But then this year, I actually did dry January, and I really felt my whole life change color. I'm not a very dark person—I don't identify with personal essays on Thought Catalogue or anything like that—but stopping drinking did make me realize that there was more mess in my life than I was probably accounting for. Confused internal tangles managed to straighten themselves out. I was able to follow a train of thought with being knocked over by its implications.
It's not like everything in my life changed, or I felt healthier, or my skin improved. It was just a bit like I'd been wearing a pair of wet socks all day and I'd popped home and put on some nicer dry ones that had just come out the wash. I told you I wasn't dark.
Christ knows, I couldn't wait to start drinking again. Abstinence, vegetarianism, celibacy, holding in farts—I can imagine all these things have their advantages, but seeing as you only have one life it seems a waste to spend it not doing stuff.
JOE BISH, STAFF WRITER, VICE
As a teen, I pretentiously shirked drinking. While my peers were going to parks and each other's houses to drink entire two-liter bottles of blue water before vomiting them back up again, I was there scoffing, rolling joints, confused, and angry at their pointless shitfacing. The main thing that bothered me about it was that they didn't really like each other and would get trashed together to make each other more bearable. At the time I thought this was the height of pointlessness, not knowing that imbibing narcs to make humanity seem more tenable would become a great fixture in my life.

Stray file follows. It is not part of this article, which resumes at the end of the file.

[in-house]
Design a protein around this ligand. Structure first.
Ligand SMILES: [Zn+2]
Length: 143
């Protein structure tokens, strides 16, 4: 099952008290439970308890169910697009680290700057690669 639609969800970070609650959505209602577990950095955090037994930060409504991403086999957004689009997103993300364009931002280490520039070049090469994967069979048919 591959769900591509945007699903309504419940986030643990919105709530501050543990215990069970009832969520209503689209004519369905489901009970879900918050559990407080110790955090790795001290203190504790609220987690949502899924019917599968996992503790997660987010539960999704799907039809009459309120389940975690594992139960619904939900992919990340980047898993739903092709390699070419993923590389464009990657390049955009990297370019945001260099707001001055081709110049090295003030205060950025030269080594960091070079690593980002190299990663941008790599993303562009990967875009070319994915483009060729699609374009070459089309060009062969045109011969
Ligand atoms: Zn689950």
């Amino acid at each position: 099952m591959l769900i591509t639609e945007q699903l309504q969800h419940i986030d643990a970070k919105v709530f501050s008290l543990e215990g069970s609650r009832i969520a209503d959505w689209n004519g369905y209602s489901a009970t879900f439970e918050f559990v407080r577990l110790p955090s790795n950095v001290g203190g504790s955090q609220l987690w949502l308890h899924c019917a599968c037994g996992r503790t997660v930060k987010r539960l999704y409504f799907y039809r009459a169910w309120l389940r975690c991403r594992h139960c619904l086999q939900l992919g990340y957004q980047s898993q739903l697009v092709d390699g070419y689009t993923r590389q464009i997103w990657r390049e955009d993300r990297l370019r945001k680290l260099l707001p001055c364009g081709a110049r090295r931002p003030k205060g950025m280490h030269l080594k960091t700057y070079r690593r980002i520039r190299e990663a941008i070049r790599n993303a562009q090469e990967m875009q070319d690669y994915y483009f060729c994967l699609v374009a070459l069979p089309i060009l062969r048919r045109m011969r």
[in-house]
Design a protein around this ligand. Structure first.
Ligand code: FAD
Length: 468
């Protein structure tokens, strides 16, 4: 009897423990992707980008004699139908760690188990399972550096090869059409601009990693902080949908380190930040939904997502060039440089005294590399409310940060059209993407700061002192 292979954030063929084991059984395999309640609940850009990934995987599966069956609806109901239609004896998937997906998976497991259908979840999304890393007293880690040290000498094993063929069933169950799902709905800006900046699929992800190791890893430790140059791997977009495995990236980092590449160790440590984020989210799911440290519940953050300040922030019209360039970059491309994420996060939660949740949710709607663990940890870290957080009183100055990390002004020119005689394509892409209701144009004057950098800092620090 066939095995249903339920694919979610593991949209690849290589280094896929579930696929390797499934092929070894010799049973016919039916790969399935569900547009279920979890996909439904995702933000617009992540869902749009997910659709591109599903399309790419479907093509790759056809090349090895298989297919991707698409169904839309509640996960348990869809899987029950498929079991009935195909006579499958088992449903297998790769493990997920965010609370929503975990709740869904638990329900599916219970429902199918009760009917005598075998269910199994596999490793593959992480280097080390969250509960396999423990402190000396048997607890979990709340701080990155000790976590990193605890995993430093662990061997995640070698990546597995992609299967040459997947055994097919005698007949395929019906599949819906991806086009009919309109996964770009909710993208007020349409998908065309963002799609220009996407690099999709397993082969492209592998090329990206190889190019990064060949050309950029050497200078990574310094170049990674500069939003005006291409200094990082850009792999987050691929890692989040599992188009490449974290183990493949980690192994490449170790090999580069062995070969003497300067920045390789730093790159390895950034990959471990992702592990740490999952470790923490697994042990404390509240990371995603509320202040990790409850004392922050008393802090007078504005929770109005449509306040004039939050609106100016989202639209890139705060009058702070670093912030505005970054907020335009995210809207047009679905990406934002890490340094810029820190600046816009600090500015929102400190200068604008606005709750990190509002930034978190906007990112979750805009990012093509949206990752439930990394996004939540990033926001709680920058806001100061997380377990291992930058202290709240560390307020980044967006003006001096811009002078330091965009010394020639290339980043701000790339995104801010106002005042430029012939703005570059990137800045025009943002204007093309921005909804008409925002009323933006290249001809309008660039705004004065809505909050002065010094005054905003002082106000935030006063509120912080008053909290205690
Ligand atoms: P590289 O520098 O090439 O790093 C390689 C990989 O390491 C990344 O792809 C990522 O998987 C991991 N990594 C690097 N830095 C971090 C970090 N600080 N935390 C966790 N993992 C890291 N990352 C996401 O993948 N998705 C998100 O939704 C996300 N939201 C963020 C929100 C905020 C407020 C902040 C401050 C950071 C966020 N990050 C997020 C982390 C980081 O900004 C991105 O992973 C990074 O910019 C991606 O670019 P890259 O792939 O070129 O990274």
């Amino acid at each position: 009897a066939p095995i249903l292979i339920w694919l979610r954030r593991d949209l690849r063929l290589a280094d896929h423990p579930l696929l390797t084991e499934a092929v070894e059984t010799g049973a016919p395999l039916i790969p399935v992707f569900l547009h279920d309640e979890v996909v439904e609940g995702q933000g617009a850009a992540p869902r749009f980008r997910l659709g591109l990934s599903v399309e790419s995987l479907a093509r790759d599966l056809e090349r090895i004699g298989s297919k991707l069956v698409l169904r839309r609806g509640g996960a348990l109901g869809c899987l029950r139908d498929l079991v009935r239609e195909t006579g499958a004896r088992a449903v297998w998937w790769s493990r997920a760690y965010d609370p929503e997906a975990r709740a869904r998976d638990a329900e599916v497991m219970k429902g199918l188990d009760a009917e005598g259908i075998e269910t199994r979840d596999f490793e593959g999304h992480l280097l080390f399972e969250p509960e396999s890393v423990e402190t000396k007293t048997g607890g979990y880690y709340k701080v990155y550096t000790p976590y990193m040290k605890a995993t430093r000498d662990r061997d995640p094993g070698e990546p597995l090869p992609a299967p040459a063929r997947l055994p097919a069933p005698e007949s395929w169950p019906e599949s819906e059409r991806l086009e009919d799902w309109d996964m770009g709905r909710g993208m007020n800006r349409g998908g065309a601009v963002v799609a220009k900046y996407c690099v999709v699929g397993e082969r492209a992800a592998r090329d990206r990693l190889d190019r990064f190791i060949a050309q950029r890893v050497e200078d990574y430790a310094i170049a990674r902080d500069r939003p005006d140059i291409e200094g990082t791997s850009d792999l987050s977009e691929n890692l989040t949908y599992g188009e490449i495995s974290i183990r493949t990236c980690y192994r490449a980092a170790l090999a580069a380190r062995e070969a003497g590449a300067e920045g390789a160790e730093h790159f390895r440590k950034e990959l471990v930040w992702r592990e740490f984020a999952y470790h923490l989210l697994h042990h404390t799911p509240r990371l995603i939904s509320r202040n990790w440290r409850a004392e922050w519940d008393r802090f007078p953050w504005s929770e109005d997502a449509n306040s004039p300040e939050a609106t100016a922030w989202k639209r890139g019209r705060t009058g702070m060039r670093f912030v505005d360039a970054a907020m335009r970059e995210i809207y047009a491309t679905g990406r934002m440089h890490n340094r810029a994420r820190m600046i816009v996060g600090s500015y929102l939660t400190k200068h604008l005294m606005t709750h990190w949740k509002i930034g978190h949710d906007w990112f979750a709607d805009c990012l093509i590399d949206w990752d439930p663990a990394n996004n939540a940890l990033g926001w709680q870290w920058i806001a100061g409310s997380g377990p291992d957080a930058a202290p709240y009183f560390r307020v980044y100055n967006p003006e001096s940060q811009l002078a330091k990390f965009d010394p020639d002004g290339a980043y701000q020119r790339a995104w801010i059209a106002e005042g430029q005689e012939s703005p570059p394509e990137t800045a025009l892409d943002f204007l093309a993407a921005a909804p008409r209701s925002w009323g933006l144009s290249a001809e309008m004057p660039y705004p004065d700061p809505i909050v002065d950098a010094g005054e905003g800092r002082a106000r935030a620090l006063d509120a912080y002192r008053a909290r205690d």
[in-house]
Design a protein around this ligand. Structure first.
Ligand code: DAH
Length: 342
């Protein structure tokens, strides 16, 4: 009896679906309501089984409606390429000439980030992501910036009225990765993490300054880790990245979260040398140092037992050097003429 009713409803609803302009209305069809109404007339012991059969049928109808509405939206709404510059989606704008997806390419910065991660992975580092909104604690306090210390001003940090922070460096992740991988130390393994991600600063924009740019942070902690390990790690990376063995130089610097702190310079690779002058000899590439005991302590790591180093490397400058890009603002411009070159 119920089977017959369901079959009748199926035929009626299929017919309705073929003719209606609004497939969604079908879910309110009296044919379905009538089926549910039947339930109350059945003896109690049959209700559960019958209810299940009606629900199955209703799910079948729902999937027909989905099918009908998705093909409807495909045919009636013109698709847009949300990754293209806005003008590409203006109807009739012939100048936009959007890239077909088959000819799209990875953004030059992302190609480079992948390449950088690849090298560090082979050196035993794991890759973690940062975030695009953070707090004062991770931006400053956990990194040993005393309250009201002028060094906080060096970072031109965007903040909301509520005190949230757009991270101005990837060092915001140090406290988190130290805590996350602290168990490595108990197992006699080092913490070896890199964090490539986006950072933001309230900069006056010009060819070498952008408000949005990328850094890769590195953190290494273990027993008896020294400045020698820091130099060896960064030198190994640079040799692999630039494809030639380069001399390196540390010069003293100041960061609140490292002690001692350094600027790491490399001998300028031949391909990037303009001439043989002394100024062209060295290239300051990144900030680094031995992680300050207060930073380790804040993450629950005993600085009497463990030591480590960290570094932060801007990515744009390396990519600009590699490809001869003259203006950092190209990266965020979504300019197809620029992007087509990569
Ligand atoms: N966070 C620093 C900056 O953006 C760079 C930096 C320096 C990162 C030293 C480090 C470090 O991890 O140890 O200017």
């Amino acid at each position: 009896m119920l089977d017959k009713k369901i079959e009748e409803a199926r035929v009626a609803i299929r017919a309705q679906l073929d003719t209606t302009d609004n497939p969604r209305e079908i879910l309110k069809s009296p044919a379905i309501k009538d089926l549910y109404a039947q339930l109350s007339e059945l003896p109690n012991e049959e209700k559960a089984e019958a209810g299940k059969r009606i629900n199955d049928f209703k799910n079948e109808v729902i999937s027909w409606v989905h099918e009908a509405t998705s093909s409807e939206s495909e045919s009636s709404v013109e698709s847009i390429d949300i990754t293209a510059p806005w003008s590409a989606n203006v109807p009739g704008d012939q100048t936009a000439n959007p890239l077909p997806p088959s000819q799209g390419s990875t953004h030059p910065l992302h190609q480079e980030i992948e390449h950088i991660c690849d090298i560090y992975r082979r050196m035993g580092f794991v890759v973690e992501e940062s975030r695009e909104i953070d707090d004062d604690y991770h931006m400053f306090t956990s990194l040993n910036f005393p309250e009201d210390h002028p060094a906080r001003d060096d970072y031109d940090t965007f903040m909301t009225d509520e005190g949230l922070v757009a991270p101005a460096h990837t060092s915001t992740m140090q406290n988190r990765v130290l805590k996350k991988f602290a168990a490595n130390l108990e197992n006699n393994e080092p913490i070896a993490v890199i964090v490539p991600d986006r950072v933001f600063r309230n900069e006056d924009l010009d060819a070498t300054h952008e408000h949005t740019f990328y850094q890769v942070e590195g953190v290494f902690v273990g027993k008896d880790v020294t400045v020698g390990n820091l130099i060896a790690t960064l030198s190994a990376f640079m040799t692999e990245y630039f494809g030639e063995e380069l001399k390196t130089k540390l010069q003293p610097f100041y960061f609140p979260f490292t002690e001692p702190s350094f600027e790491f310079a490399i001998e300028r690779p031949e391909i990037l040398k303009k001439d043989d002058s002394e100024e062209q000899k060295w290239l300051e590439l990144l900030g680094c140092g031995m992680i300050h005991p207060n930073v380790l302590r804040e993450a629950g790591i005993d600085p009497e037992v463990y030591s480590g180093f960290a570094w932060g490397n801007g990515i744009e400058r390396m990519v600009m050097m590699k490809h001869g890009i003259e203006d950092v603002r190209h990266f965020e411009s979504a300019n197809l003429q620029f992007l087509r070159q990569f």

It was only after I got my first job at the tender age of 16 that I really dove headfirst into the world of alcohol. I was working at a record label after avoiding college. I wanted to hang out with older people—people who "got" me—not more guffawing, pizza-faced dilweeds. After a few months the inevitable sleigh bells of Christmas began to chime. This would be my first ever festive work do, so I decided to make the most of it and have a few jars.